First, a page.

So Google is watching BIG TIME our every move on the internet, not to be creepy but to truly understand what we want when we search for something.

For instance, this search term “yoga certification” has tons of different stuff showing up for it, which tells me that everyone who previously searched for “yoga certification” were typically looking for a few different things: what is required for yoga certification, how to get yoga certification, and where to get yoga certification.

So that’s exactly what Google decides to show.

So when you create content for your site, you basically just want to help Google find your content and know who exactly to show it to. If you can do that, then you’ll never have to worry about paid ads again.

So that’s what I’ll get into now.

Niche Down

Google prefers to connect people with experts over generic low quality blogs on any topic, so it looks for sites that focus on a specific niche. This wasn’t always the case, with many big name sites clogging up Google simply because they were the first in their industry to build a website (looking at you, Yoga Journal). But users didn’t like that because those big sites don’t always have great content.

So Google started looking for niche blogs to show instead.

Luckily for you, that’s exactly what you are.

So instead of being just a yoga teacher, pick a specific niche (or 2! or 3!) and focus on that exclusively.

Brett, for example, has these few niche areas: Chakras, Kundalini Yoga, Yoga Teacher Training, and Prenatal Yoga.

We only write content on those topics within the broader topic of “Yoga.”

In SEO terms, niching down is the equivalent to targeting “long tail keywords.” If you took Stats in high school or college, then you’ll remember how a bell curve works.

Basically, the average is the most common thing so the middle of the graph looks fat and overpopulated. In our case, this is where the topic of “Yoga” would live.

As you move away from the middle, you statistically become less and less likely to exist. So fewer and fewer people would search for terms as you move farther away from the base term “Yoga”. This is where “Vinyasa Yoga”, “Tantra Yoga”, or “Kundalini Yoga” would live. They’re still popular, but not quite as popular as good ole’ “Yoga”.

Even further away from the fat center are the super specific and rare things, which are “long tail keywords”. So this would be like, “why do you have to wear white when you practice Kundalini?”. It falls under “Kundalini Yoga” and even “Yoga”, but is a pretty specific question so it’s doubtful that all that many people are searching for that every month.

And because there aren’t that many people searching for it, bigger sites with impressive marketing budgets won’t target it as aggressively…

… giving you space to write some quality content on the topic and snag a number one position for that keyword.

While it seems counterintuitive to put all of your digital marketing efforts into long tail keywords that a small percentage of the population is searching for, it might comfort you to know that these are the best converting website visitors. Meaning, they’re the most likely to pay for your services.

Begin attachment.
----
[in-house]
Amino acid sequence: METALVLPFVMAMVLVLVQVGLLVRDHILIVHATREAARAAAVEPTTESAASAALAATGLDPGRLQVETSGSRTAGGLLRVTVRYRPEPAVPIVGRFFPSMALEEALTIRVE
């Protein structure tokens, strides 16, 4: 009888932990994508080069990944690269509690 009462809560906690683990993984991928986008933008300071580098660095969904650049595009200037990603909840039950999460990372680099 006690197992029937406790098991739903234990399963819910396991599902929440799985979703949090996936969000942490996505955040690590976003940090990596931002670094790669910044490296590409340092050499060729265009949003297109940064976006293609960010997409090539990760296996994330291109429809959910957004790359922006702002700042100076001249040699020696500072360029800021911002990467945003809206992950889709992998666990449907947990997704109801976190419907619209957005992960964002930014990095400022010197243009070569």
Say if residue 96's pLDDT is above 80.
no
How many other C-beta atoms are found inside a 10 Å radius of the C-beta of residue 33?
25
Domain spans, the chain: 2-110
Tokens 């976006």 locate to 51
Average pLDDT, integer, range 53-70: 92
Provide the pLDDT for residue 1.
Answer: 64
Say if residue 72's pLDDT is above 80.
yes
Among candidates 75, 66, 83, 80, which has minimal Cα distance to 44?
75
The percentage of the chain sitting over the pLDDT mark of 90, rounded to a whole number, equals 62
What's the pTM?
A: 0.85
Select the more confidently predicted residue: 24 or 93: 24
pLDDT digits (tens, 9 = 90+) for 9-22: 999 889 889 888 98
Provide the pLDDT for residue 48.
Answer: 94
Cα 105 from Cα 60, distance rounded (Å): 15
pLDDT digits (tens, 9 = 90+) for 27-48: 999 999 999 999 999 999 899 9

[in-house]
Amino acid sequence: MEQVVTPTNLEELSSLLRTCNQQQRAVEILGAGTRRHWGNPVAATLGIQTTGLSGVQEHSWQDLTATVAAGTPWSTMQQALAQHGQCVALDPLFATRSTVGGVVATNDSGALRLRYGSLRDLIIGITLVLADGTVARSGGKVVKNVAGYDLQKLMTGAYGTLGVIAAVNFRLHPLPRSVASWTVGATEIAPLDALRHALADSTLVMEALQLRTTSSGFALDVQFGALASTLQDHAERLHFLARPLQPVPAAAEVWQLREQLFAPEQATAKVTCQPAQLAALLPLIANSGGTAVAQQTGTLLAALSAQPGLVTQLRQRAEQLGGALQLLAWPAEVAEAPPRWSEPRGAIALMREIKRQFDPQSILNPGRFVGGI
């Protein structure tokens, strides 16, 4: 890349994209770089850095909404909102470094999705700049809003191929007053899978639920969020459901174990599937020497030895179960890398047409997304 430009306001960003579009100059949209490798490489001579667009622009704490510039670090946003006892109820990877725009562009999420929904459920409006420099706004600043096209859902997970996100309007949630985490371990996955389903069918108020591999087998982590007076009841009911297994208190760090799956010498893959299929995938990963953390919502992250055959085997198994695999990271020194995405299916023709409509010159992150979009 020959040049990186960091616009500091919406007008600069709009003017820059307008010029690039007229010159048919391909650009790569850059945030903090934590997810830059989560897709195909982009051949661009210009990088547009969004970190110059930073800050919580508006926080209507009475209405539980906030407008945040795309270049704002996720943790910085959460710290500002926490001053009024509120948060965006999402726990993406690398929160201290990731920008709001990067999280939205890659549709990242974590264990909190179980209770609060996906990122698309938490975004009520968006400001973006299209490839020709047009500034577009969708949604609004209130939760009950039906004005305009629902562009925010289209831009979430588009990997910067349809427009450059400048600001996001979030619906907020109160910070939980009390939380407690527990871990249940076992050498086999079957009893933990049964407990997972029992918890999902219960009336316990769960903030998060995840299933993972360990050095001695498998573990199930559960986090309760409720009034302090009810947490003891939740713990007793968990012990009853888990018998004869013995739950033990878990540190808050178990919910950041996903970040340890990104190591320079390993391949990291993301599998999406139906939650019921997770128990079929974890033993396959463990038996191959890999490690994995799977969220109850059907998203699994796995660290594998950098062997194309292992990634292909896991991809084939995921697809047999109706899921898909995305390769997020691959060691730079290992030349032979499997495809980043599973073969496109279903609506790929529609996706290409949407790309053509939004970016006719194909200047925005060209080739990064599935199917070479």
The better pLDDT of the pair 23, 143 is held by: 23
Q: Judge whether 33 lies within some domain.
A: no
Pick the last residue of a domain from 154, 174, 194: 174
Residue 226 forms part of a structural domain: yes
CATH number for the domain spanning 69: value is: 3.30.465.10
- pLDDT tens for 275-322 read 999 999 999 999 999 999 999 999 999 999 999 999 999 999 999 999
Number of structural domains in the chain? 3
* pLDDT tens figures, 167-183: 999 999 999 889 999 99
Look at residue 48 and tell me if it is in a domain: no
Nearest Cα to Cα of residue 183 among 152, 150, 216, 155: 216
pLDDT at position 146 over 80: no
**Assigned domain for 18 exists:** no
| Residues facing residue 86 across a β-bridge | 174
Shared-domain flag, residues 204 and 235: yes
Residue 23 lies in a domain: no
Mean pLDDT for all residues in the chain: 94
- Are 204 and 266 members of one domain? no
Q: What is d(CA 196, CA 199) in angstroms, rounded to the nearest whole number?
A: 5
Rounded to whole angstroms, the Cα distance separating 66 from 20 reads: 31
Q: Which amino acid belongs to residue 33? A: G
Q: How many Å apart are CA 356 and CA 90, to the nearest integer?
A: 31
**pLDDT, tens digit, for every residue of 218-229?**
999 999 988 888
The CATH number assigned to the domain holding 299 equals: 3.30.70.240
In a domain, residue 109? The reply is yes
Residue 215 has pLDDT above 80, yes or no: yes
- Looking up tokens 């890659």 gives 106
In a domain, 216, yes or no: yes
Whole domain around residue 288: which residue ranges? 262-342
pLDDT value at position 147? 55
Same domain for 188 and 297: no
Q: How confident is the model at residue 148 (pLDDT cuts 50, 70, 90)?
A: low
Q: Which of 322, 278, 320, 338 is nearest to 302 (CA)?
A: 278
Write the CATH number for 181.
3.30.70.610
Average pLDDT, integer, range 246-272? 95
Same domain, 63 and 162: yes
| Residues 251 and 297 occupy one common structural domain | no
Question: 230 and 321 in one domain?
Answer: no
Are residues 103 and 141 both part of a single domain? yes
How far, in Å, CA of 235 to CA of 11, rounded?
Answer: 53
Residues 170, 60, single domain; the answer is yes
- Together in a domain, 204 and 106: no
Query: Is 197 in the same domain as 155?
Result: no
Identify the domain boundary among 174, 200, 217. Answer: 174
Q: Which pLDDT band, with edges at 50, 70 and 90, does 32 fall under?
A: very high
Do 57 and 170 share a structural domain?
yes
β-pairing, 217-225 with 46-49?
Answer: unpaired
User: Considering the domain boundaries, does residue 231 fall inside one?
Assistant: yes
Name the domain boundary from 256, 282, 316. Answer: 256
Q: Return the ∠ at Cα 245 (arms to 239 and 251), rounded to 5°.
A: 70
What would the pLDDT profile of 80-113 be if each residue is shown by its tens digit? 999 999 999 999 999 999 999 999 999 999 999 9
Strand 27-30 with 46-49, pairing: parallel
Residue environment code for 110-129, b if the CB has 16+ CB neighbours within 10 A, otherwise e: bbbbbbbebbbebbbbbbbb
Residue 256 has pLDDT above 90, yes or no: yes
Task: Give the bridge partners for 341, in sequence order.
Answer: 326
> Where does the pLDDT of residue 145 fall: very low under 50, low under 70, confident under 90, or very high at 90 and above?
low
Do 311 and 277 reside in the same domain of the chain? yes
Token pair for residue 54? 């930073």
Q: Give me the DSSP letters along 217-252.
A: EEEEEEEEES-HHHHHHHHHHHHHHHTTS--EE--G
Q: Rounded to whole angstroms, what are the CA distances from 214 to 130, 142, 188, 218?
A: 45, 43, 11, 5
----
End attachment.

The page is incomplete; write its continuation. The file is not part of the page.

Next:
It’s more bang for your buck, as they say.

Create Good Content

Sometimes it’s really hard to make quality content. It takes a lot of time, research, and creativity to publish something that really impresses a reader.

But it doesn’t have to be that hard to do.

In Google’s eyes, great content is what actually helps the user. They don’t care about the flashy stuff (but people do, so that’s why it helps). If you can help the user better than anyone else on the internet, then you have the greatest content.

If you’re not sure what great content is, then just pay attention to your own experience using Google. Notice when you click out of a page because it didn’t help you at all or, conversely, when you stay on the page and fully read the article. What about these experiences made you leave/stay?

The yoga industry is the perfect place to create great content because the biggest sites online right now are really, uh, lacking in quality stuff. Instead of quality, they’ve got a bunch of nonsensical fairies writing their musings on the general topic of “Yoga”.

As an SEO, I believe that’s exactly why Brett’s site has been so successful. We legitimately are the best yoga site out there. We explain things in an easy-to-understand way, we stay true to tradition, and the content we publish is easy to skim.

A few tips to create content that ranks:

  • use headers, bullet points, bolded words, useful links, and images wherever possible
  • use old content from your social media channels; either embed videos from YouTube, make shareable Twitter cards, and embed Instagram pics
  • pay attention to what people are really expecting to find when they type in a search term; as tempting as it is to write about whatever your heart fancies, it’s best to write about what your potential customers actually want to read #sorrynotsorry
  • whenever you can, do some internal linking by linking to other blog posts on your website when they’re relevant
  • use a simple SEO plugin that reminds you to create a title tag, meta description, and add internal linking
  • and follow proper grammar rules to make it easier for people to read

Get Published On Other Yoga Sites

So the fact that Google literally has only so much space to store/index your content, they sort of rely on the rest of the internet to tell them which sites are worth remembering. They do this by counting backlinks, or links you get from any other site that points to yours.